With last year’s Brexit vote, though, there came a se­cond and more vis­ceral el­e­ment, quite dif­fer­ent in tone – a pas­sion­ate, al­most ob­ses­sive op­po­si­tion to the se­cond in­de­pen­dence ref­er­en­dum pro­posed by Ni­cola Stur­geon in re­sponse to last year’s Brexit vote. This op­po­si­tion was ar­tic­u­lated by all three main Union­ist par­ties, but pri­mar­ily by the Tories, and re­flected the very strong views of a large co­hort of mainly older Scot­tish vot­ers who may once even have voted SNP, but who now, quite sud­denly, seem to de­test the First Min­is­ter, her party and all their works; and it’s hard not to con­clude that the ex­is­ten­tial ques­tions posed by the twin ref­er­en­dums of 2014 and 2016 have reawak­ened a deep, pre­vi­ously un­spo­ken Bri­tish na­tion­al­ism in some Scot­tish vot­ers, which is not only will­ing to go along with Brexit, but in­creas­ingly re­gards all fur­ther talk of Scot­tish in­de­pen­dence as in­tol­er­a­ble.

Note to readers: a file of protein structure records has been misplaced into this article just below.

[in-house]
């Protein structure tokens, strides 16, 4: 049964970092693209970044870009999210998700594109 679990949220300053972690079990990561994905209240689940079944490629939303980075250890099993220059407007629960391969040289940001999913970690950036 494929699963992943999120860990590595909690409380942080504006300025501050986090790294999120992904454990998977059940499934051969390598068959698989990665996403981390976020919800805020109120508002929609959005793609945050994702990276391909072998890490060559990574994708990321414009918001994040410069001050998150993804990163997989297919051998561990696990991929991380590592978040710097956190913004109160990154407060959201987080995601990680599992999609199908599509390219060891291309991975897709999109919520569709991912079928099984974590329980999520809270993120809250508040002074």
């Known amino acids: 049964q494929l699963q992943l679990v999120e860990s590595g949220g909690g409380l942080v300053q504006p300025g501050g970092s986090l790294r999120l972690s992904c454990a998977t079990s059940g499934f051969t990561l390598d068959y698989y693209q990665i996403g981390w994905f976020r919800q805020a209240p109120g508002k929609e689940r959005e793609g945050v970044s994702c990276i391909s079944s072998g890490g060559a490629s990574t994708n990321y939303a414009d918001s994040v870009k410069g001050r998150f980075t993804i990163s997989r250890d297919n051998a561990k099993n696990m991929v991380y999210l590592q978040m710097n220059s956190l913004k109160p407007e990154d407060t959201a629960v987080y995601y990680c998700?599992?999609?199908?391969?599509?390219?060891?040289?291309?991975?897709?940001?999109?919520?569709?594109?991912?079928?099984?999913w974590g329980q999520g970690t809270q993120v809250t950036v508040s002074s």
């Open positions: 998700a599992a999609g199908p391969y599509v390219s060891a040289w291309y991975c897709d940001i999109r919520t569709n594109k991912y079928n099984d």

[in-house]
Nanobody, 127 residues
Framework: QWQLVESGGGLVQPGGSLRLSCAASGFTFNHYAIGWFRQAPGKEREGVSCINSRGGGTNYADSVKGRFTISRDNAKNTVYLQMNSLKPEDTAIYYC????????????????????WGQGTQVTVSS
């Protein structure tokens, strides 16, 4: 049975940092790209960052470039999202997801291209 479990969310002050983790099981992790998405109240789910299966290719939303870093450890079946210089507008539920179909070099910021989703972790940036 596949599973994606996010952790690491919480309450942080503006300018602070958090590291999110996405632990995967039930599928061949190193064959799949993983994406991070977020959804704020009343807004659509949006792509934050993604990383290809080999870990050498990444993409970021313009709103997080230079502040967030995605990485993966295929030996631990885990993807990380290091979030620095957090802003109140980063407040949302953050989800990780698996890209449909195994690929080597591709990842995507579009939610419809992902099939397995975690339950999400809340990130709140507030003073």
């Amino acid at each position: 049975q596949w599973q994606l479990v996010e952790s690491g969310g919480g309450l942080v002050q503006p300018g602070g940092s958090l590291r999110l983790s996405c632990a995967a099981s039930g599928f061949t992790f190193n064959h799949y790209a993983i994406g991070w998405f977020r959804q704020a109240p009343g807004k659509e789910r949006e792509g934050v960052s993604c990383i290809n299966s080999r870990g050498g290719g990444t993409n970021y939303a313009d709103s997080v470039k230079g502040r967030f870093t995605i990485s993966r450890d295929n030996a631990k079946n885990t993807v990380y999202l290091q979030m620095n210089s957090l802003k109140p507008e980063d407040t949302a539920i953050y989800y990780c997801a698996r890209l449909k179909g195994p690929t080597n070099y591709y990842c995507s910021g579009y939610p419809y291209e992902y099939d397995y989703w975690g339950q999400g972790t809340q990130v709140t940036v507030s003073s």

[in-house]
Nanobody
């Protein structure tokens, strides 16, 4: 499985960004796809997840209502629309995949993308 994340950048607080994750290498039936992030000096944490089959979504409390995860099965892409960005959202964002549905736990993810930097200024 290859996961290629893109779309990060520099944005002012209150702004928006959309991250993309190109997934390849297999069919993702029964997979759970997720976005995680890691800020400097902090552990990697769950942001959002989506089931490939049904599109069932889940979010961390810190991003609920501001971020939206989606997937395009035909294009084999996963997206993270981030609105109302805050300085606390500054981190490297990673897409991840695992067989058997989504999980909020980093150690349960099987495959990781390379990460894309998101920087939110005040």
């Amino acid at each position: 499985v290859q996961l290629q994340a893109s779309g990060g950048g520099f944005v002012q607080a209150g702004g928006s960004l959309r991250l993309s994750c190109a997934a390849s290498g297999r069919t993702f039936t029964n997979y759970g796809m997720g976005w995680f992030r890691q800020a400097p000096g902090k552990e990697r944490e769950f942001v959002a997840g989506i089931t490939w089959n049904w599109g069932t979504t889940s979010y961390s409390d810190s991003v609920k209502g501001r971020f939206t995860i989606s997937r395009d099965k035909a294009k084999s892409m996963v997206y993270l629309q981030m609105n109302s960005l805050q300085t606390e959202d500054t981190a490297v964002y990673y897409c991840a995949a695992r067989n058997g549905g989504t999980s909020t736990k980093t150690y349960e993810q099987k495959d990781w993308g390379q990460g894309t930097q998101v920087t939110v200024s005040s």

And it’s at this point that some of the con­tra­dic­tions within this Union­ist surge start to be­come clear; be­cause what­ever Ruth David­son’s project was about, when she be­came leader, it clearly was not about lead­ing a party of pre­dom­i­nantly older Bri­tish na­tion­al­ists cling­ing in­stinc­tively to the idea of the Union, while the most chaotic and eco­nom­i­cally un­suc­cess­ful Bri­tish govern­ment in re­cent mem­ory sails us di­rectly to­wards the Brexit ice­berg. Like all na­tion­al­ist move­ments, what’s more – and this is the third strand – the Bri­tish one has its ex­trem­ist fringe, cur­rently to be seen not only swag­ger­ing with a new spring in its step through Glas­gow and other Scot­tish towns, play­ing an­cient tunes of sec­tar­ian dom­i­nance, but also smirk­ing at West­min­ster as Theresa May pays £1 bil­lion of Bri­tish tax­pay­ers’ money for the sup­port of the North­ern Ire­land Demo­cratic Union­ists, some of the most right-wing and so­cially il­lib­eral politi­cians in the UK.